More than a blog

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  • Publicado : 28 de diciembre de 2011
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Should science bloggers stick to popularizing science and fighting creationism, or does blogging have a wider role to play in the scientific discourse? Howard Wolinsky

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ast December, astrobiologists reported in the journal Science that they had discovered the first known micro­ organism on Earth capable of growing and reproducing by using arsenic (Wolfe­Simon et al,2010). While media coverage went wild, the paper was met with a resound­ ing public silence from the scientific com­ munity. that is, until a new breed of critic, science bloggers, weighed in. Leading the pack was rosie redfield, who runs a micro­ biology research lab in the Life Sciences centre at the university of British columbia in Vancouver, canada. She posted a critique of the research to herblog, RRResearch (rrresearch.fieldofscience.com), which went viral. redfield said that her site, which is typically a quiet window on activities in her lab got 100,000 hits in a week. this incident, like a handful before it and probably more to come, has raised the profile of science blogging and the freedom that the internet offers to express an opinion and reach a broad audience. yet it alsoraises questions about the validity of unfettered opinion and personal bias, and the ability to publish online with little editorial oversight and few checks and balances.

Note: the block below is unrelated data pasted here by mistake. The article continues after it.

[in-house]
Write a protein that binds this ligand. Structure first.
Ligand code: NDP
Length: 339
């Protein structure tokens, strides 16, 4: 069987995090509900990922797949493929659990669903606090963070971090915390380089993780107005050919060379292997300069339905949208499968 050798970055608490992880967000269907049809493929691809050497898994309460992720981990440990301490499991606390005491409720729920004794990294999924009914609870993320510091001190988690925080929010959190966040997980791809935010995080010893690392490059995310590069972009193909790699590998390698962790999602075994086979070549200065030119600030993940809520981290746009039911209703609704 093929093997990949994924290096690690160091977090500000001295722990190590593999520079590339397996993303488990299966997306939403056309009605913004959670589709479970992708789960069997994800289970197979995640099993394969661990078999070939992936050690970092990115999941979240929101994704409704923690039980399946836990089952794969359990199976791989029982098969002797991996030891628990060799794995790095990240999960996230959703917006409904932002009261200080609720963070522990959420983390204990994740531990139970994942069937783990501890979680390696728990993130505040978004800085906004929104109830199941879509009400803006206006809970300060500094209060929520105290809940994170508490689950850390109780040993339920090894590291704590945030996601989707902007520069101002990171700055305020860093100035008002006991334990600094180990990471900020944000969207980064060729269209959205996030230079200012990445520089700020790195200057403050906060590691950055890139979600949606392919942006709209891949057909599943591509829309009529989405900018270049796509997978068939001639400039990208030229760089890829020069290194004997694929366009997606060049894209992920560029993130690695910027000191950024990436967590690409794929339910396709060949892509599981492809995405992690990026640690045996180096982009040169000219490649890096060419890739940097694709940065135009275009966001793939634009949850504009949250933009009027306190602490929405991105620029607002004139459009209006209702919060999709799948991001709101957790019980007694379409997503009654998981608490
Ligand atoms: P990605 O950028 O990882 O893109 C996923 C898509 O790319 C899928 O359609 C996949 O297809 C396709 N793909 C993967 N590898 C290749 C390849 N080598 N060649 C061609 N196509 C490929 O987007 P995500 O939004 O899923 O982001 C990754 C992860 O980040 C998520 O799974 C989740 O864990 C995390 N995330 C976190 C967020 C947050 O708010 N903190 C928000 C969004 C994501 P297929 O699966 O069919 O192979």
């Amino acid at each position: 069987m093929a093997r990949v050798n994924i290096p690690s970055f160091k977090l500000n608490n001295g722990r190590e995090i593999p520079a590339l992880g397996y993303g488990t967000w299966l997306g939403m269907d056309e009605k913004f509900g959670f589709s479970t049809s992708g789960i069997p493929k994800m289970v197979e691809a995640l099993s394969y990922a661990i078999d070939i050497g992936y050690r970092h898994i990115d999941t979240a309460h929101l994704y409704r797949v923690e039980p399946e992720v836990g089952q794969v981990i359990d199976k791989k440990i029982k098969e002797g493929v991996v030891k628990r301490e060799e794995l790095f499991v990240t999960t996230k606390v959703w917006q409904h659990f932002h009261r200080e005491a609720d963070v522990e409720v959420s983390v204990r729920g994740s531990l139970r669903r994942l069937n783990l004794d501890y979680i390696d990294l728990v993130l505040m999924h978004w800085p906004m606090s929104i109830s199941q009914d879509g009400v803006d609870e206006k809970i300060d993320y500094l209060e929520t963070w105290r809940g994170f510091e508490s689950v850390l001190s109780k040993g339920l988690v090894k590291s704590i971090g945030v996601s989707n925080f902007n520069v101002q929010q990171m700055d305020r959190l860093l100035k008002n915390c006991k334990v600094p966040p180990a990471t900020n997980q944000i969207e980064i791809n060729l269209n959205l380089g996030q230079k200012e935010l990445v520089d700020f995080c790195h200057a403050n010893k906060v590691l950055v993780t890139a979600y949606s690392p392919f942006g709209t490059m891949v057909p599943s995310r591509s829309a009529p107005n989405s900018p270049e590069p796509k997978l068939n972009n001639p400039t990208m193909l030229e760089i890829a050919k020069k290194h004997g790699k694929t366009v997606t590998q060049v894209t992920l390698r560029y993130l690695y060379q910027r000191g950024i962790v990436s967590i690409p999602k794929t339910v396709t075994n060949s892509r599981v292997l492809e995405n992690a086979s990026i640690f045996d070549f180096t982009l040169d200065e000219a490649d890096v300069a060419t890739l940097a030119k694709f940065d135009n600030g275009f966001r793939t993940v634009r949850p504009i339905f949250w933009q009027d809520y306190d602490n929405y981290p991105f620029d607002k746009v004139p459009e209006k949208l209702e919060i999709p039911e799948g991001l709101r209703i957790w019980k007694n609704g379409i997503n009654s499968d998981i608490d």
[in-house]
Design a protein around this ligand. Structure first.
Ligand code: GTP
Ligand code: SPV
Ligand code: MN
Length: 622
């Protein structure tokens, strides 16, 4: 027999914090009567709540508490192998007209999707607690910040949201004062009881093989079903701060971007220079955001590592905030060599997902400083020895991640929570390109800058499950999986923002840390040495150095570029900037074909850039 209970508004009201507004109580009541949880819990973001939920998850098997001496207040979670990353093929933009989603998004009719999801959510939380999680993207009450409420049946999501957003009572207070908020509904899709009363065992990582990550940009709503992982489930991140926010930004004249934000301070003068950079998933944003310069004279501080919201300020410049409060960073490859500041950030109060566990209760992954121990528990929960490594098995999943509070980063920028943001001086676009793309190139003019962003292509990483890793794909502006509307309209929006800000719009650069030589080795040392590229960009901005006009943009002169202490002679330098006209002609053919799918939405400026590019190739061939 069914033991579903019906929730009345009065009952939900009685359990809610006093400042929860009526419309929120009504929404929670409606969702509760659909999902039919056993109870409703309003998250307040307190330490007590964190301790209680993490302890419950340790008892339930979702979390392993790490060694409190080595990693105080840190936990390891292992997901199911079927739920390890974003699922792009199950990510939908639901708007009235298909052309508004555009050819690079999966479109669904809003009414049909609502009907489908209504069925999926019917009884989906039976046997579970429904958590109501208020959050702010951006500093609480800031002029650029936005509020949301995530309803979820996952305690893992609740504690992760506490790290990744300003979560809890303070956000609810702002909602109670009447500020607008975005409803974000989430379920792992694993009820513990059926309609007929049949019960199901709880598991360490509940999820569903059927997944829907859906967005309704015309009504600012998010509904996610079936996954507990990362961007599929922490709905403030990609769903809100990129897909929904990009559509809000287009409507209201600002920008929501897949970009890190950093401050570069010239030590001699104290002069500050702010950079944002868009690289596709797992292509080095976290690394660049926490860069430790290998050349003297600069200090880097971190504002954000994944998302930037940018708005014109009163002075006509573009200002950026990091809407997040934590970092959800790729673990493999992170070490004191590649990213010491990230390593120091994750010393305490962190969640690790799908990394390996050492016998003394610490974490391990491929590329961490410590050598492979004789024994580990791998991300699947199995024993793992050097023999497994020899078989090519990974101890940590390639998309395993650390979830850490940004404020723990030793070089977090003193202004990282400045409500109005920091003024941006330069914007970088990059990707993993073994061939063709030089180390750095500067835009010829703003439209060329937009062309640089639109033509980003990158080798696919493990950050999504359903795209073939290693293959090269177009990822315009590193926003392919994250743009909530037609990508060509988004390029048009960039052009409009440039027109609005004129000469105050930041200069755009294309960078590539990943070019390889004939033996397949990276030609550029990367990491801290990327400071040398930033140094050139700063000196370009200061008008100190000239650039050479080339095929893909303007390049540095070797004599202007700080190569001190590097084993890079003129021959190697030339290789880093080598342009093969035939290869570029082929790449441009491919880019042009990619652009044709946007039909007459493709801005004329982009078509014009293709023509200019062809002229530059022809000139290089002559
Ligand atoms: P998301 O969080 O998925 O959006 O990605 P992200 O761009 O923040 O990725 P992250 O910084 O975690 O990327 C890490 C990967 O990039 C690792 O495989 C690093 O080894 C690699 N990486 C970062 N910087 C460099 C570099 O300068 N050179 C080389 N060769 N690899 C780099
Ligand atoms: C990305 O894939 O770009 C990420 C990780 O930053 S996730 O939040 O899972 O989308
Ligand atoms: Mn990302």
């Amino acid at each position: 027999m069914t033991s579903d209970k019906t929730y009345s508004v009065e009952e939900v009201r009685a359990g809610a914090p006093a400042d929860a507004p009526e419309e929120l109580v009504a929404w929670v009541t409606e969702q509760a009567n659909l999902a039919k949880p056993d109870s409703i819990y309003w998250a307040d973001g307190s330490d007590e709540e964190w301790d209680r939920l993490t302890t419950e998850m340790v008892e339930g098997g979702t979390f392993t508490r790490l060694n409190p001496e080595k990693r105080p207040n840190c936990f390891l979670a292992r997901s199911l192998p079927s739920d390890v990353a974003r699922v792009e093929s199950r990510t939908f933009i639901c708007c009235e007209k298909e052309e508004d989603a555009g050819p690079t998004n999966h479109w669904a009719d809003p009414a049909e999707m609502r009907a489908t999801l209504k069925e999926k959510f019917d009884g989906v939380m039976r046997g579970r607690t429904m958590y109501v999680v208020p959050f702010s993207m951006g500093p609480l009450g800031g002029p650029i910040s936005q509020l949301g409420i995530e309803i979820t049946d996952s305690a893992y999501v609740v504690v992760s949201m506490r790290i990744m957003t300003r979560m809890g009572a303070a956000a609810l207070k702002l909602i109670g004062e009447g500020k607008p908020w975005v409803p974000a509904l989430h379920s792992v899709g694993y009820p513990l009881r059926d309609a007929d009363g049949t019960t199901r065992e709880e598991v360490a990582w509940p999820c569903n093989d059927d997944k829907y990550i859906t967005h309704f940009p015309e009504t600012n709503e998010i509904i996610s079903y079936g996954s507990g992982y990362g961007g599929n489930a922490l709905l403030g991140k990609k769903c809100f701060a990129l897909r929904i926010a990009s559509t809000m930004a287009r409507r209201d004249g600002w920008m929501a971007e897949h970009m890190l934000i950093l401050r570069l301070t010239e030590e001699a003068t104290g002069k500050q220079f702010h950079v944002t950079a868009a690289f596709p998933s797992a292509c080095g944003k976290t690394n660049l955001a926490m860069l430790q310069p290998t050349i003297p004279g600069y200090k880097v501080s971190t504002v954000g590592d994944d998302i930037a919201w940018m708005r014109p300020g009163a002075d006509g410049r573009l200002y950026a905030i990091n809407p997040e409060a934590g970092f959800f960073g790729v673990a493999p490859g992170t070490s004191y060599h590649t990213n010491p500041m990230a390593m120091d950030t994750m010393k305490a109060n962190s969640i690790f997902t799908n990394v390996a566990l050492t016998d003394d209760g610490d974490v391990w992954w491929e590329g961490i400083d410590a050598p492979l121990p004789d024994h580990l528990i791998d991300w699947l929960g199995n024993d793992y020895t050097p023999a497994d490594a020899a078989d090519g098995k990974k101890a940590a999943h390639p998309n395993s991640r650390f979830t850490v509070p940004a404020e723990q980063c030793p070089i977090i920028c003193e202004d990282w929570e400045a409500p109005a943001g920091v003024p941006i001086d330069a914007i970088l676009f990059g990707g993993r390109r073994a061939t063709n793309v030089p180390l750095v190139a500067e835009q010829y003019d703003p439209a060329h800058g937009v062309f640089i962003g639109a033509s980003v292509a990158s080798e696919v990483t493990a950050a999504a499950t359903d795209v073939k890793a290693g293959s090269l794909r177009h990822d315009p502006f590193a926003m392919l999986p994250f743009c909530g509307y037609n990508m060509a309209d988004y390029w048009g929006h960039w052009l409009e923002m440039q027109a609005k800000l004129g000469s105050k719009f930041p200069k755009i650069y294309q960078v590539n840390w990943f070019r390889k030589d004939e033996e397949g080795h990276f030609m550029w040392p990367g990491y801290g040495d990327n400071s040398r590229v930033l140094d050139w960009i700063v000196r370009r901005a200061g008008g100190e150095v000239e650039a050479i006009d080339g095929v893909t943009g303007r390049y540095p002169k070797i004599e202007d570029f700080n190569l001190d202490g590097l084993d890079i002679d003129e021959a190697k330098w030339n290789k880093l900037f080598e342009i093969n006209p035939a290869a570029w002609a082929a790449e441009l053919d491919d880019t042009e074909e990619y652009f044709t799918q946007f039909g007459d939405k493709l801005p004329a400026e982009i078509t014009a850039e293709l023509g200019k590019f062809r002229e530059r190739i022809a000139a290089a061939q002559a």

to do more clean­up and controls.” She also opined on why the article was published: “i don’t know whether the authors are just bad scientists or whether they’re unscrupulously pushing NaSa’s ‘there’s life in outer space!’ agenda.i hesitate to blame the reviewers, as their objections are likely to have been over­ ruled by Science’s editors in their eagerness to score such a high­impact publication.”

“… you’re able to pass judgment on papers instantly. You don’t have to write a letter to the editor and have it reviewed”
Despite the fervor and immediacy of the blogosphere, it took Science and Felisa Wolfe­Simon, thelead author on the paper, nearly six months to respond in print. Eventually, eight letters appeared in Science covering various aspects of the contro­ versy, including one from redfield, who is now studying the bacteria in her lab. Bruce alberts, editor­in­chief of Science, down­ played the role that blogging played in drum­ ming up interest in the controversial study. “i am sure that the number ofletters sent to us via our website reflected a response to the great publicity the article received, some of it misleading […] this number was also likely expanded by the blogging activity, but it was not directly connected to the blogs in any way that i can detect,” he explained. Bloggers, of course, have a different take on the matter, arguing that it was another example of a growing number ofcases of ‘refutation by blog’. the blogging commu­ nity heralds redfield as a hero to science and science blogging. By now, more traditional science media outlets have also joined the bloggers in their skepticism over the paper’s

claims, with many repeating the points redfield made in her original blog response. Jerry coyne, an evolutionary geneticist at the university of chicago in the uSa,writes the blog Why Evolution is True (why­ evolutionistrue.wordpress.com), which is a spinoff from his book of the same name. He said that bloggers, both professional scien­ tists and journalists, have been gaining a new legitimacy in recent years as a result of things such as the arsenic bacteria case, as well as from shooting holes in the 2009 claims that the fossil of the extinct primate Darwiniusmasillae from the Messel pit in germany was a ‘missing link’ between two primate species (Franzen et al, 2009). “[Blogging has] really affected the pace of how science is done. One of the good things about science blogging, certainly as a pro­ fessional, is you’re able to pass judgment on papers instantly. you don’t have to write a letter to the editor and have it reviewed. [redfield] is a good...
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